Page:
STATEN ISLAND, N.Y. (PIX11) — More than 1,000 people turned out Wednesday night to protest New York City’s plan to open a migrant shelter at the former St. John Villa Academy on Staten Island.

Residents chanted “Send them back” and held signs that read “Close our border.” The city has 206 emergency shelters and continues to look for more spaces to house people.

“Fifty (expletive) feet away is a school from pre-k to 12 years old. Right here! That’s (expletive), and that’s not happening here,” artist Scott LoBaido told PIX 11 News. 

He made a giant lawn sign that reads “No F—– Way!”

The sign now sits on Scott Herkert’s front lawn, adjacent to the former Catholic High School.

“We’re not going to take it anymore. This is, it’s being forced down our throats,” Herkert said.

A spokesperson for Mayor Eric Adams sent PIX11 News the following statement in response to the protest.

As we have emphasized repeatedly, with more than 100,000 asylum seekers that have come through our intake system since spring 2022 and hundreds more continuing to arrive in our city asking for shelter daily, New York City has been left largely alone to deal with a national crisis that demands difficult and swift decision-making. We have opened 206 sites, including 15 large-scale humanitarian relief centers, and are constantly searching for new places to give asylum seekers a place to rest their heads. Most recently, we located the vacant St. John Villa Academy to serve as one of our respite sites for single women and adult families. We understand community concerns and want to assure them that we are working to ensure the site is well-managed. While New York City is leading the nation in welcoming asylum seekers, make no mistake, we cannot continue to do this alone. This crisis demands a broader national solution.”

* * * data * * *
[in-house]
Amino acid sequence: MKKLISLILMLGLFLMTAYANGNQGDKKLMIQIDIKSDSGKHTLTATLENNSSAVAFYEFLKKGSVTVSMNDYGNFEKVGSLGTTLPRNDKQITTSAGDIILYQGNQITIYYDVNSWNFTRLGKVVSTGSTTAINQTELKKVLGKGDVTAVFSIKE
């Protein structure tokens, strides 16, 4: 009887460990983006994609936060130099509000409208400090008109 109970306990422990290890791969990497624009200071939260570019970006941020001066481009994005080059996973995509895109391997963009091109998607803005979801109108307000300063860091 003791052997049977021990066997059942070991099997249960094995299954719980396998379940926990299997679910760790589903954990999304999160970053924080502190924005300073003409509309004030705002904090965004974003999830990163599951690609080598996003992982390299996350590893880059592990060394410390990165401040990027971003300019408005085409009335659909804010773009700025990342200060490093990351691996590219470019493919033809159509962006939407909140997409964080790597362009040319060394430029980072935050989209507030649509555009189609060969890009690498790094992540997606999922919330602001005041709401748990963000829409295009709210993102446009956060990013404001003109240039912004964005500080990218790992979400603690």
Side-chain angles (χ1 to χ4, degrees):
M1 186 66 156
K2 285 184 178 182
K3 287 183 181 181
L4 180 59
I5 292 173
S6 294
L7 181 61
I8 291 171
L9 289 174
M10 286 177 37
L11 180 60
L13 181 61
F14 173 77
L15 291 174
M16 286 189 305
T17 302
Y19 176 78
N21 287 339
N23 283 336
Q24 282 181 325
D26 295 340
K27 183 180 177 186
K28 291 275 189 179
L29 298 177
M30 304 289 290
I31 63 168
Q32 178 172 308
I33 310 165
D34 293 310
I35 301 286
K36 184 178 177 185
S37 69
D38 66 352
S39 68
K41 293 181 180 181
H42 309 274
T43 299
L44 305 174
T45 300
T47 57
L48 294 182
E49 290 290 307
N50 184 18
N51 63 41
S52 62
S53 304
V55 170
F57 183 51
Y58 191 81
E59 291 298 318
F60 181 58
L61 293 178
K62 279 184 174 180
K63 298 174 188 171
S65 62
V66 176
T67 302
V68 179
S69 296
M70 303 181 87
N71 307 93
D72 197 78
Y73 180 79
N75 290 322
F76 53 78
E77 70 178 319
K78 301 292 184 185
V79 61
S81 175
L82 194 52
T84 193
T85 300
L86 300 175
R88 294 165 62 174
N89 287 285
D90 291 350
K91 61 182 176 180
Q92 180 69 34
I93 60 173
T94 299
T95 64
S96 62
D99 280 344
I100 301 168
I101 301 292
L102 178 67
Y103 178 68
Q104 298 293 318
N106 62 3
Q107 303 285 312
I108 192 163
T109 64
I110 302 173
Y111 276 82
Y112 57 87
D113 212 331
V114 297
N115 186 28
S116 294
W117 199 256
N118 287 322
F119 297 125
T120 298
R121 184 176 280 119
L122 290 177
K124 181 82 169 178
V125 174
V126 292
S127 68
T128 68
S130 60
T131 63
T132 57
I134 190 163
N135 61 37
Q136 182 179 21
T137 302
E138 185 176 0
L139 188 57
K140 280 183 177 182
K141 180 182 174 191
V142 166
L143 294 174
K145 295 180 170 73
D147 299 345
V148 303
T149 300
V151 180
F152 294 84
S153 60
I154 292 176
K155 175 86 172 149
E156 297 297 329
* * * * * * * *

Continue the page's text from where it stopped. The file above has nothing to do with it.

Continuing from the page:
Spokesperson for Mayor Adams